Essay over In Harm’s Way
By Doug Stanton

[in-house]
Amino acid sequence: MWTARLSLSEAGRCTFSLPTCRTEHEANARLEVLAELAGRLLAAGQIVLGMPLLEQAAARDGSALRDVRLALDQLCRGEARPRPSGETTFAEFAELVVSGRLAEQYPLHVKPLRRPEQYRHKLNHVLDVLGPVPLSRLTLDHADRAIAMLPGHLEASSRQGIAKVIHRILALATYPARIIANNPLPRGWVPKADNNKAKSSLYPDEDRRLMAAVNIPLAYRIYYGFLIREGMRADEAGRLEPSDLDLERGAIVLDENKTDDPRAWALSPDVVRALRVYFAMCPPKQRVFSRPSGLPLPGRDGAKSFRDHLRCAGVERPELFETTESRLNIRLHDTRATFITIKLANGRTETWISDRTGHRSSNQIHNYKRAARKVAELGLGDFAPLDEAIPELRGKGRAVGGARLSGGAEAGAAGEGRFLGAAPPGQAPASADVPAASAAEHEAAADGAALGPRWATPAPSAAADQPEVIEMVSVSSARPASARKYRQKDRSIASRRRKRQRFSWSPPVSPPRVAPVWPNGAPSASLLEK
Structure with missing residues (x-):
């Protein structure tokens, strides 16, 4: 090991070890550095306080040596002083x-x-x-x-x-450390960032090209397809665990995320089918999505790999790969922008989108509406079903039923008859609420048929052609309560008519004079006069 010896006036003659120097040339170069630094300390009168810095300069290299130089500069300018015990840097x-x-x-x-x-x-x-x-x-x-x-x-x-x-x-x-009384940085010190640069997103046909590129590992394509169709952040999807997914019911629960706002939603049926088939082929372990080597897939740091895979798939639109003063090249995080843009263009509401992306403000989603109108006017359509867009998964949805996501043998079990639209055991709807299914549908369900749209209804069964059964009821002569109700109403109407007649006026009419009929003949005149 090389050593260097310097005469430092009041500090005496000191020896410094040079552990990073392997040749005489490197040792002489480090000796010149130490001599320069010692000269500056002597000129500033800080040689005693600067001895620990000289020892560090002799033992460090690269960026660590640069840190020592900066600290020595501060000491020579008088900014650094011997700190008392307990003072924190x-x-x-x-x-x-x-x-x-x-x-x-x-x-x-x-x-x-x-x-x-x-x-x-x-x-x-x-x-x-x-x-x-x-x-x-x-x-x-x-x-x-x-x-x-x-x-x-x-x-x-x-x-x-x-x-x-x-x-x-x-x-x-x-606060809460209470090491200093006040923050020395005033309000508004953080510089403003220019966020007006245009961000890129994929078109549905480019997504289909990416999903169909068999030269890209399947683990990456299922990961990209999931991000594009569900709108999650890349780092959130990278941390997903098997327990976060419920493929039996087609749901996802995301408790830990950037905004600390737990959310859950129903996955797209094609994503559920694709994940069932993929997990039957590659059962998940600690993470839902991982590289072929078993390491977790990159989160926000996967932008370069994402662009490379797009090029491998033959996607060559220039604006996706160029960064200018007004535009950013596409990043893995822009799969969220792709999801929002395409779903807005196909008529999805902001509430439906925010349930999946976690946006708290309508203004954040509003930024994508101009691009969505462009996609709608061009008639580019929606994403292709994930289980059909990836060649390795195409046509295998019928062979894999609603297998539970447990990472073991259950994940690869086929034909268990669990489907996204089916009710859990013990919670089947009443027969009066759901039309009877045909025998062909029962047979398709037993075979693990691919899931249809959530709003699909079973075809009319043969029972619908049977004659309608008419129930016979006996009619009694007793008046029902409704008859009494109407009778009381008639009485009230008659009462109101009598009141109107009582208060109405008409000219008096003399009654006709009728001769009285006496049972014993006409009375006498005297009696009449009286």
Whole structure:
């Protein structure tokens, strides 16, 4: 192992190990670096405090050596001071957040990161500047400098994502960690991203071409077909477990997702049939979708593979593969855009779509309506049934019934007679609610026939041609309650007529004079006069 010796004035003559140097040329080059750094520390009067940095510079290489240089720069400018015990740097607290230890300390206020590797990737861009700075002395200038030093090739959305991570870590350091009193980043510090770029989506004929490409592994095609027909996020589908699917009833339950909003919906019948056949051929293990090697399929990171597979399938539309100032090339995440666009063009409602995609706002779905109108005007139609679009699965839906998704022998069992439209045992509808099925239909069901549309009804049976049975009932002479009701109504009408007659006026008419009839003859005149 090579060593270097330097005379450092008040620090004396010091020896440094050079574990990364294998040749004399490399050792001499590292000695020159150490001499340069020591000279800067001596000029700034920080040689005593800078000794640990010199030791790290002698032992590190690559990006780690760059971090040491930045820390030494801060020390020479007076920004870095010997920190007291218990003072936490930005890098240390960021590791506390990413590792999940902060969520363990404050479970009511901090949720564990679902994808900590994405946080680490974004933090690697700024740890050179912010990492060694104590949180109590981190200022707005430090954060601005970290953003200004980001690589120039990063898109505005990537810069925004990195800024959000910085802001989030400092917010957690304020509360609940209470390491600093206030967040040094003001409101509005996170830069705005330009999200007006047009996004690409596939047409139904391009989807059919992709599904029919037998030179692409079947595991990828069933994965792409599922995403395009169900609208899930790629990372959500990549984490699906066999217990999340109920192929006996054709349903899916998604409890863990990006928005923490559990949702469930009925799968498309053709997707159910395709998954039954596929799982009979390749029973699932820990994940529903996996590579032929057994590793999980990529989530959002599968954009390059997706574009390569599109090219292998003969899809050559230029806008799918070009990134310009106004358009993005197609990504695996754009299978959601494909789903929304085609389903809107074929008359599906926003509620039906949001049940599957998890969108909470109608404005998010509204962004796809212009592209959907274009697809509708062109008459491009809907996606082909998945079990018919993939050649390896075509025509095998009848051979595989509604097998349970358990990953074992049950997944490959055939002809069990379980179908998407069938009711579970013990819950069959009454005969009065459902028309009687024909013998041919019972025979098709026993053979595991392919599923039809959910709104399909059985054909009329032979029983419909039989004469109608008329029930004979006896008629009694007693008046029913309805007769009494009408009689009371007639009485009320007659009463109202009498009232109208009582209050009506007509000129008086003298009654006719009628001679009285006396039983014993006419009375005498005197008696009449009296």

Would captain Mcvay still be alive today if he hadn’t been convicted of failing to zigzag or sending out a distress signal? Would his life have been different? This essay will concentrate on what took place aboard the ship and the continuing debate on the guilt of Captain Charles Butler Mcvay III in the tragedy of the sinking of the USS Indianapolis. Mcvay was descended from a long line of navy men. He attended the Naval War College and completed his studies in International law. After leaving the naval war college, he worked on twelve different ships in the Atlantic and in the Pacific. In 1943, he was executive officer of the cruiser Cleveland in the battle of Solomon Islands and was honored for his service with the Silver Star. Later, he was appointed chairman of the Joint Intelligence Staff in the Office of Vice Chief of Naval Operations in Washington, DC. Mcvay was skilled and experienced man. He was taught by the best, and the navy knew he was ready to become Captain. With years of training, Mcvay was given the position of captain for the first time in 1945, to the USS Indianapolis. Mcvay’s first assignment was to leave San Francisco and deliver what was known as the “little Boy,” an atomic bomb to be dropped on Hiroshima. This was a top secret mission. What at first appeared to be a smooth operation would become a terrible ordeal. On Sunday July 29th, 1945, during the return of the secret mission the USS Indy was mortally wounded by two torpedoes and sank in minutes. This would have been prevented if a destroy escort would have been assigned. Ignored in the battlefield sea of Guam for five days, the 1,196 soldiers (not including the ones that died from the torpedoes) underwent five dreadful days in the middle of the Pacific Ocean only 317 brave soldiers made it home. An estimated 50 per day were eaten by sharks. Why no one warned captain Mcvay about the enemies lurking the Peddie route is...
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